Clinical Evaluation

Miss G. is a sixteen-year-old female with an incomplete cervical 5-6 quadriplegia as a result of a diving accident in September 1969. The patient spent eight months in two hospitals for acute care and progressive rehabilitation before being admitted to the Rehabilitation Institute of Chicago in May 1970.

At the time of admission Miss G. displayed poor hand placement abilities bilaterally due to muscle weakness, tightness, and contractures. Bilaterally, the patient had tight and weak (grade three-plus) scapulo-humeral musculature, grade four elbow flexors which were also tight, and forearm supination contractures. The left upper extremity had grade three-plus radial wrist extensors. The right upper extremity, which was previously the patient's dominant extremity, had grade three radial wrist extensors. She had no active finger or thumb motion bilaterally and was unable to perform any prehension activities. Prior to admission to the Rehabilitation Institute of Chicago, Miss G. had been taught to brush her teeth and sign her name using a utensil holder. This device had to be put on her right upper extremity which was maintained in supination due to muscle contracture.

The patient was referred to Occupational Therapy where she was placed on a program of graded activities to improve joint range-of-motion, muscle strength and endurance, hand placement, and self-care abilities. Prehension activities with any orthoses were impossible for Miss G. due to supination contractures and lack of prehension musculature.

In cooperation with the Northwestern University Prosthetic Research and Evaluation Center, Miss G. was fitted bilaterally with Pronator Assists to position both forearms in pronation. The left Pronator Assist was attached to the wrist cuff of a temporary Rehabilitation Institute of Chicago tenodesis orthosis of Orthoplast,*** which had been fabricated by the occupational therapist. This orthosis provided a three-point prehension for grasp and release activities. Following training in the use of the temporary orthosis with attached Pronator Assist, the patient was able to pick up utensils and a glass to feed herself, pick up a telephone receiver, and perform prehension activities such as table games. As Miss G. became more proficient in performing these activities, the temporary tenodesis orthosis was discarded and the Pronator Assist was attached to the wrist cuff of a laminated plastic Rehabilitation Institute of Chicago tenodesis orthosis (Fig. 6 ) .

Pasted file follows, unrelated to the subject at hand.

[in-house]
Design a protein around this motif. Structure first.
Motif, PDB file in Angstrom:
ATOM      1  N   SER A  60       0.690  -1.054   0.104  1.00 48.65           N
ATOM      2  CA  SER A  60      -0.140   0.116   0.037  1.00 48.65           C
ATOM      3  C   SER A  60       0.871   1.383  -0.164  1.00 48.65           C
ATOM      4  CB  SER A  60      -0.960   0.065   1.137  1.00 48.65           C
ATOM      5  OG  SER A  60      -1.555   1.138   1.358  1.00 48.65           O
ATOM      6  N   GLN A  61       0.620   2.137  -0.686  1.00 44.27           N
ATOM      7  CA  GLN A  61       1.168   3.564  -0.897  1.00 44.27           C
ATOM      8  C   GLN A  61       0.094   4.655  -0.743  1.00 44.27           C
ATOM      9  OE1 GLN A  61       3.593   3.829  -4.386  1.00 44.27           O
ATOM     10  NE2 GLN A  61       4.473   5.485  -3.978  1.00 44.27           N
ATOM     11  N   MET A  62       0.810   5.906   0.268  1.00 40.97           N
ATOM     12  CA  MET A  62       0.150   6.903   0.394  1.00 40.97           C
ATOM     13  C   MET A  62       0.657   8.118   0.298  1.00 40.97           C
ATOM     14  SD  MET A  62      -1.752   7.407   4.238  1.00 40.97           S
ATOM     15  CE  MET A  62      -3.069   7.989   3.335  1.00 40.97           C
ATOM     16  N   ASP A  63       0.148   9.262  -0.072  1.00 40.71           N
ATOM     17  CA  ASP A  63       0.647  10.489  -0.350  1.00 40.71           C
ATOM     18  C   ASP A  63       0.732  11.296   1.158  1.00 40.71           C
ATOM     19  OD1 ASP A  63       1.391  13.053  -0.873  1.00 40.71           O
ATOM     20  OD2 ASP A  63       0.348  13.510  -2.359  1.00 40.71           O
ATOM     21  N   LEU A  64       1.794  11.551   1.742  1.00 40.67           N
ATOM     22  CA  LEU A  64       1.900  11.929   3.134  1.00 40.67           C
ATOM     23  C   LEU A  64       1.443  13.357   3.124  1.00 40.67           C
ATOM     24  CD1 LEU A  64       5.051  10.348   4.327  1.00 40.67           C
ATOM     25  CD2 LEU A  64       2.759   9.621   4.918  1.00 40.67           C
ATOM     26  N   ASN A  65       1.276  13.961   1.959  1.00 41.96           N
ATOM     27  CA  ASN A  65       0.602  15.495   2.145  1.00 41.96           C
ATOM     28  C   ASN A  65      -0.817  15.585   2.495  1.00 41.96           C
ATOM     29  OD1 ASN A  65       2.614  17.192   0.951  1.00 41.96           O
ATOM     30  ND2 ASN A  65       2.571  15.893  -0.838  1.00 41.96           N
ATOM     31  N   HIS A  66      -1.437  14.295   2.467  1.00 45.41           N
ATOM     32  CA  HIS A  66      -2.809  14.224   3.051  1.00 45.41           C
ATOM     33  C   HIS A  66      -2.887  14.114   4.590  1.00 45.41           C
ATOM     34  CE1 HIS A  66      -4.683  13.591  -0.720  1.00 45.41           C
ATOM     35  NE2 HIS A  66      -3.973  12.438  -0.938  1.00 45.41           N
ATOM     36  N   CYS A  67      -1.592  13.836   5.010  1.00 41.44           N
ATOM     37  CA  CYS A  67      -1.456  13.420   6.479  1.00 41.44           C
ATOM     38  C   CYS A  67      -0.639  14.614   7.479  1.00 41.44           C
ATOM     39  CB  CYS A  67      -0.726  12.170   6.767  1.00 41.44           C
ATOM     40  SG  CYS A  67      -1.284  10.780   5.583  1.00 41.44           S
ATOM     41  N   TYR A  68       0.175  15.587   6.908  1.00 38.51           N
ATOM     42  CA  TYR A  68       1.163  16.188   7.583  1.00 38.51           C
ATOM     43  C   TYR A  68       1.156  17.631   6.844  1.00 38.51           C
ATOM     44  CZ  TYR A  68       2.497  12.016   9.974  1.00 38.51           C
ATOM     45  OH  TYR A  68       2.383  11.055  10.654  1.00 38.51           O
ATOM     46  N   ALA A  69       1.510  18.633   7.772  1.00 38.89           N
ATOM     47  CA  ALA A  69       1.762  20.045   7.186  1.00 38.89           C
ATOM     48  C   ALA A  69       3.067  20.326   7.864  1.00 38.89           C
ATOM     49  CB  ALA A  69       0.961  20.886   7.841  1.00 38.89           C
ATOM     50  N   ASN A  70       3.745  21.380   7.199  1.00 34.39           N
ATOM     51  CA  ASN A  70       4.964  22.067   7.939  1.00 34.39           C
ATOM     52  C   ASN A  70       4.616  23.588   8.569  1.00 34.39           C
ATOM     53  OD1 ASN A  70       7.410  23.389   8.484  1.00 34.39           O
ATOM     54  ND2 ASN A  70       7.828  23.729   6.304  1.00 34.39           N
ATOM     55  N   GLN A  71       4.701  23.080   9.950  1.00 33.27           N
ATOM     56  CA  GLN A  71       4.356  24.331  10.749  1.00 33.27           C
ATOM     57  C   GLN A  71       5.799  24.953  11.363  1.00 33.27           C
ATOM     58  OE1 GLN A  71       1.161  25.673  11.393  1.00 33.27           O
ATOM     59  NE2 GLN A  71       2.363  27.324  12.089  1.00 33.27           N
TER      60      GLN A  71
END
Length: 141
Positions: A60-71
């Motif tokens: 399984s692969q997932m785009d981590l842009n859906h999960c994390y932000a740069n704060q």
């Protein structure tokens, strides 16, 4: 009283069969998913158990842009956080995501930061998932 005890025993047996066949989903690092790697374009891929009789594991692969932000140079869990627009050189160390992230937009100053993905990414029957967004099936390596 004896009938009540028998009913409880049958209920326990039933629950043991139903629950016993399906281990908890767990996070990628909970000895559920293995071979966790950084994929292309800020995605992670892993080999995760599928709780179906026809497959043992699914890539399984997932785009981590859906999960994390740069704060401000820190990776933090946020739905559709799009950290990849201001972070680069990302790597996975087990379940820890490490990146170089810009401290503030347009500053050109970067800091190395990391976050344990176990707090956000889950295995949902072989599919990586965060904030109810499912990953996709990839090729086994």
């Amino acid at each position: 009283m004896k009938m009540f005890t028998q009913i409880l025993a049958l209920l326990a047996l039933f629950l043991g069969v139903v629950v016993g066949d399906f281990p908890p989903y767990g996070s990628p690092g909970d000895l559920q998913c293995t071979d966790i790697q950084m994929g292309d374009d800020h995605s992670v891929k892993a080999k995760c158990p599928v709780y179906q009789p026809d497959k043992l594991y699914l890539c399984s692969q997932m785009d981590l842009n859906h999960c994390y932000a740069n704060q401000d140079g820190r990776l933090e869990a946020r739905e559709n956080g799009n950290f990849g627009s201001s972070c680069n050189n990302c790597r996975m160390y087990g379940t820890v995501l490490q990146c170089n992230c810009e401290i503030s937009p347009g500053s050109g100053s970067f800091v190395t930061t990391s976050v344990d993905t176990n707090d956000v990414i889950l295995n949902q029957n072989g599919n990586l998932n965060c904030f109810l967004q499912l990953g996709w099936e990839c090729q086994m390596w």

A temporary right volar Orthoplast static orthosis was also fabricated by the occupational therapist. This orthosis maintained the patient's hand in a functional position. It also supported the patient's wrist in 30° extension, maintained a satisfactory thumb-web space, provided an attachment for utensils, and incorporated a wrist cuff to which the Pronator Assist was attached (Fig. 7 ). Miss G. used this orthosis to write, to dial a telephone, and to operate her electric wheelchair. The patient could also type on an electric typewriter using both upper extremities with wooden dowels and operate a cassette tape recorder that was modified with extension levers (2). The only activities for which Miss G. did not need the Pronator Assists and orthoses were washing her face and hands and brushing her teeth. For the latter activity the patient used a toothbrush inserted into a leather utensil cuff which she could put on herself.